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Mathematical Labyrinths. Pathfinding

Boris Pritsker
World Scientific
Publication Date: 
Number of Pages: 
Problem Solving in Mathematics and Beyond
Problem Book
[Reviewed by
Steve Benson
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This volume, the 22nd entry of World Scientific’s Problem Solving in Mathematics and Beyond series, will serve as an excellent resource for mathematics teachers, coaches of problem-solving teams, and anyone else who enjoys puzzling over clever problems, providing useful additions to a reader’s problem-solving toolkit.
The book focuses on reasoning and problem analysis and contains many useful suggestions for approaching challenging problems as well as nice philosophical passages on the process of problem-solving, so the reader who merely scans for a particular problem or solution will miss out on helpful strategies and philosophy included in the narrative. Organized into 11 chapters by problem-solving style/techniques, some of the chapters include relatively well-known problem types, but most contain problems or solutions that were new to this reviewer. In particular, one chapter contains a number of clever problems designed to elicit (implicit or explicit) false assumptions while another includes the familiar “river crossing” problems, but also introduces the card game preferans, popular in the former Soviet republics and Eastern Europe. Another unique problem type involves Slyboots (in the familiar universe of Liars and Truthtellers, Slyboots alternatively lie and tell the truth).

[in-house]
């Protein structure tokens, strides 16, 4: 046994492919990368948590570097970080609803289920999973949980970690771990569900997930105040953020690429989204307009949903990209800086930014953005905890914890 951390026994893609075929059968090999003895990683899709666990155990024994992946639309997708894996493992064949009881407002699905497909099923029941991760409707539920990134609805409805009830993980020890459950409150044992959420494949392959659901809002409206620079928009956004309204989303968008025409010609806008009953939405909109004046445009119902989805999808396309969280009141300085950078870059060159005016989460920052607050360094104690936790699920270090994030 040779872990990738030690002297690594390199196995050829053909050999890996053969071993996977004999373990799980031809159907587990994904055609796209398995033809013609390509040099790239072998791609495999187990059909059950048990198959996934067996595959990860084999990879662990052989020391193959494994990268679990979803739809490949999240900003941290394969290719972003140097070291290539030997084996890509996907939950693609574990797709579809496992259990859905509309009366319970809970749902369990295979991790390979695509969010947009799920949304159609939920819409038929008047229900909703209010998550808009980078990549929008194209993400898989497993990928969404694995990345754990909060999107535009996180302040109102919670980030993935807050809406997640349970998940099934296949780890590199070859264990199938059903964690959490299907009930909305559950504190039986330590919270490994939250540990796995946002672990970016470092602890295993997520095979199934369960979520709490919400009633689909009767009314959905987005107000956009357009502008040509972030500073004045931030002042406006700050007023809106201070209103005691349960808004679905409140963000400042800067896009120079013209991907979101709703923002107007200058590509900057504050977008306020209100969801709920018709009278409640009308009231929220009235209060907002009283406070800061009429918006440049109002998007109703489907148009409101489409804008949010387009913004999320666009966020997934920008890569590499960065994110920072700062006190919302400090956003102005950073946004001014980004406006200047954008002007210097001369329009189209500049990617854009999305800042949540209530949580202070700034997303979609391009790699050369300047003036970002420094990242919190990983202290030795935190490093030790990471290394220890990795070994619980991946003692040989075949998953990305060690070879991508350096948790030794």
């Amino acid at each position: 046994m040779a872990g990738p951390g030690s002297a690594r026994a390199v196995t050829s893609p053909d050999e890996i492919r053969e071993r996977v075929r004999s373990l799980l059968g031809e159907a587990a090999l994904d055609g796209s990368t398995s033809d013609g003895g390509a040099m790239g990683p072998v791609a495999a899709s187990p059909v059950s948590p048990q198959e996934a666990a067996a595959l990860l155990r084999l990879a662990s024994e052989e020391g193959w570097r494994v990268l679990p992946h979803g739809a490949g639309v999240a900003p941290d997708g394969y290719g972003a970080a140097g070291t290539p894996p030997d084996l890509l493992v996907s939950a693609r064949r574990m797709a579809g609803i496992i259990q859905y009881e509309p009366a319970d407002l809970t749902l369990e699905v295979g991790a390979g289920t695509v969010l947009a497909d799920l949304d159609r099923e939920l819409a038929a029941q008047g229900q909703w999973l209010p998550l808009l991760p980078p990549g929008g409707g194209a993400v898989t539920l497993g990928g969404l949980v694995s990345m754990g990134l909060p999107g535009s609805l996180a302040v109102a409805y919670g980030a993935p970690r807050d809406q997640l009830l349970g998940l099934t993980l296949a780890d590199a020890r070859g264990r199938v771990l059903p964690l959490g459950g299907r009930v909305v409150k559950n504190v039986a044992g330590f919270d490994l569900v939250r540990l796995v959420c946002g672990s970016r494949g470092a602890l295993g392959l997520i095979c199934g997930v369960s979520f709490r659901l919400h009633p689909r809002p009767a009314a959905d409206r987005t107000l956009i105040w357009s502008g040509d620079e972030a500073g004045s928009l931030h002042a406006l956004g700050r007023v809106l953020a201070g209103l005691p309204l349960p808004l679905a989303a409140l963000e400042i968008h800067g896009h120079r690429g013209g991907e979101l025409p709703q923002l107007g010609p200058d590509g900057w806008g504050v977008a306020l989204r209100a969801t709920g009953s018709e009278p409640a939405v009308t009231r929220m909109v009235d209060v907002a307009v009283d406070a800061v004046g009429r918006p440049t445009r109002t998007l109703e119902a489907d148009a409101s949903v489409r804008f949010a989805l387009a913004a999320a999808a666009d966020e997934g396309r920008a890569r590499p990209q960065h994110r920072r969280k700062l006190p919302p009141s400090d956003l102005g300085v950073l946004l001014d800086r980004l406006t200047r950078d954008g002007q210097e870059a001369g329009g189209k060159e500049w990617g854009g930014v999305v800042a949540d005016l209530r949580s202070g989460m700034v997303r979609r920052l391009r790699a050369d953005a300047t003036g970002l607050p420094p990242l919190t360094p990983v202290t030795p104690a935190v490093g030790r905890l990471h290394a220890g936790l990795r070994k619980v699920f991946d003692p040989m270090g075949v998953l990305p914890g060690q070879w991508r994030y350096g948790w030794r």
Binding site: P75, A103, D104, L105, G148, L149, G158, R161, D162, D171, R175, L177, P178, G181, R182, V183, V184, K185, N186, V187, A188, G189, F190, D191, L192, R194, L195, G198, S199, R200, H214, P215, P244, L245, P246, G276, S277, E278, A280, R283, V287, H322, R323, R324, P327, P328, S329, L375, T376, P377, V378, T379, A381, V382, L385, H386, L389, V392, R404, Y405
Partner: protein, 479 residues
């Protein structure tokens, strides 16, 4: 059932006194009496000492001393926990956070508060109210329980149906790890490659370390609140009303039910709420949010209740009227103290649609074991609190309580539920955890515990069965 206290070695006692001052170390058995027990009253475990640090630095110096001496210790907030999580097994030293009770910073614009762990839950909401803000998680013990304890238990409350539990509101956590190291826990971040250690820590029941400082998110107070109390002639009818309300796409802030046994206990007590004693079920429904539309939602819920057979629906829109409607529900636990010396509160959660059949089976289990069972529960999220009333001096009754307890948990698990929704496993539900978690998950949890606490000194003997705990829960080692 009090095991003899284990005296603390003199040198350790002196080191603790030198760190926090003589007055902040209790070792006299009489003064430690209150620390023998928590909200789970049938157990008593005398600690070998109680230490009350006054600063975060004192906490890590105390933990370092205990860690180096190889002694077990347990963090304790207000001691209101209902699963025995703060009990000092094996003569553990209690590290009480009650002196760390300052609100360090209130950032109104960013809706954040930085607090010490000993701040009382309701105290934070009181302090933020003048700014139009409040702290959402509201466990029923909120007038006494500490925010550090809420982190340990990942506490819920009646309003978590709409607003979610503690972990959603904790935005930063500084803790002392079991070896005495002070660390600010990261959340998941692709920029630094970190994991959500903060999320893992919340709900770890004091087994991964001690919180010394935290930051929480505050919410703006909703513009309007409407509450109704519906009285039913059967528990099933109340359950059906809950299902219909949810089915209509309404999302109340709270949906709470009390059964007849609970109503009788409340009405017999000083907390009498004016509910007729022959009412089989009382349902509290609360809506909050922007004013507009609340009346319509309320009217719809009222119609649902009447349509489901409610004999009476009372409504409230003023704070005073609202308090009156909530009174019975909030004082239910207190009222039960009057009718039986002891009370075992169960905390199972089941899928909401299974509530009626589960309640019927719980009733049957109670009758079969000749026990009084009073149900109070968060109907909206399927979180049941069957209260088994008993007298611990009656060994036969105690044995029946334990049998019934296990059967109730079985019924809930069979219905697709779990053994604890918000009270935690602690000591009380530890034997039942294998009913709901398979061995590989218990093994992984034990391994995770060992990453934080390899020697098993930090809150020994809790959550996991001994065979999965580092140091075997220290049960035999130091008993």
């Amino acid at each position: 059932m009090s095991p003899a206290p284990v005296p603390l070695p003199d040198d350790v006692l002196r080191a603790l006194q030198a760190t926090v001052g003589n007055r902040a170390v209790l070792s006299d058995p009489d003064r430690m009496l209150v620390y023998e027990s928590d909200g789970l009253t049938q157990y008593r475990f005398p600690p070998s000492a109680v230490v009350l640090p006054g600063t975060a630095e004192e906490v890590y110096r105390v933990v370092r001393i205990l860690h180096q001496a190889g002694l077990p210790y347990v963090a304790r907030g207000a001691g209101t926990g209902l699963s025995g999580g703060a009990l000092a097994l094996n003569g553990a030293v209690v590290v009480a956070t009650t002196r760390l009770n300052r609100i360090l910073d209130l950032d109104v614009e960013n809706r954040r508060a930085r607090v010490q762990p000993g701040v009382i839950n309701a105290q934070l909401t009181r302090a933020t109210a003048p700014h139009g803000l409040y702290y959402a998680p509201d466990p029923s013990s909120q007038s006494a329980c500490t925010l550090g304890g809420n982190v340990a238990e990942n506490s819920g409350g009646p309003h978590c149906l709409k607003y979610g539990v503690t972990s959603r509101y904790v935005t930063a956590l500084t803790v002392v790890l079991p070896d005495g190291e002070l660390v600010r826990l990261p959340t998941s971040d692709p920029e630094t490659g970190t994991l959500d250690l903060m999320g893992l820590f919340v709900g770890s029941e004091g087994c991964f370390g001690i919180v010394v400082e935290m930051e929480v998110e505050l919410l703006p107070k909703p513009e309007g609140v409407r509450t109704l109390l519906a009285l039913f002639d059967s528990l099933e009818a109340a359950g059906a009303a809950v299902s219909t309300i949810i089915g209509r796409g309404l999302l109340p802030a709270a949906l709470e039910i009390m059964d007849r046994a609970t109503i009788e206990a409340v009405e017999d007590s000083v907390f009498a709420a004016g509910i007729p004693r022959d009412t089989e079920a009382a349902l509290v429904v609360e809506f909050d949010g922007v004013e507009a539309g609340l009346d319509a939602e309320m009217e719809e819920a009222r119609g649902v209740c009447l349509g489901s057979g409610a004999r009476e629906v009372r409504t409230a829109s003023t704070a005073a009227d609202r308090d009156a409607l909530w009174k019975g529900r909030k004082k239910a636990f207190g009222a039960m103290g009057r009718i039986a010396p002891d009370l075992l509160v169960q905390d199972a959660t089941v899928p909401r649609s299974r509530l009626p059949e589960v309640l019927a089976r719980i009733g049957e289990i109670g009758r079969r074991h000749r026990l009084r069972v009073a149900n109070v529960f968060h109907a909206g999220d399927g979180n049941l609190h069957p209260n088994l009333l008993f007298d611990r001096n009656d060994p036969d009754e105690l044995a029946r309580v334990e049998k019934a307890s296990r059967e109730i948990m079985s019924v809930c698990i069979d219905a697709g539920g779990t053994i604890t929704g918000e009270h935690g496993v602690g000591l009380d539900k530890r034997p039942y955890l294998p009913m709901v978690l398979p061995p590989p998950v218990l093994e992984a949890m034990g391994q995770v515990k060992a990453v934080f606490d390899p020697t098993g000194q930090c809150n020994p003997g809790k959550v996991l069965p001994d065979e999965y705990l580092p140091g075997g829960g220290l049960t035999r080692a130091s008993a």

A chapter featuring geometric transformation opens with an apt quote from Pólya’s How to Solve It: “(I)f general education intends to bestow on the student the idea of a logical system, it must reserve a place for geometric proofs.” While many problem books shy away from geometric proof and problem-solving, this one has a number of chapters and a lot of challenging and illustrative problems, including those involving isometric and homothetic geometric transformations and restricted or inaccessible vertex constructions, with the only prerequisite being familiarity with basic straightedge and compass constructions.
Of course, books such as this one cannot possibly include every problem or even every solution to a given problem. While it is easy for an “expert” to bemoan the omission of a particular pet problem or alternate solution or leaving out what seem like details in a particular solution, the author does an admirable job of providing multiple solutions to many problems, while explaining the motivation for the solutions - one of the chapters specifically focuses on (and highlights the usefulness of) solutions that don’t use symbolic algebra. Acknowledging the impossibility of satisfying everyone, it would have been useful if this approach had spilled over into more sections of the book as a number of opportunities to share non-symbolic - especially visual - solutions were missed.
While the book could have benefited from more careful editing - there are a number of typographical errors and the author’s idiosyncratic style of language could cause difficulties, especially for less experienced readers of technical mathematics - the author’s narrative style provides a welcome, engaging personalization to the material and his enthusiasm is evident. Reading this book feels very much like an enjoyable discussion with a colleague or teacher.

Steve Benson is a Professor of Mathematics at Lesley University and co-Director of the Master of Science for Teachers program at the University of New Hampshire. He received his Ph.D. in Mathematics from the University of Illinois under the supervision of Dr. Leon R. McCulloh.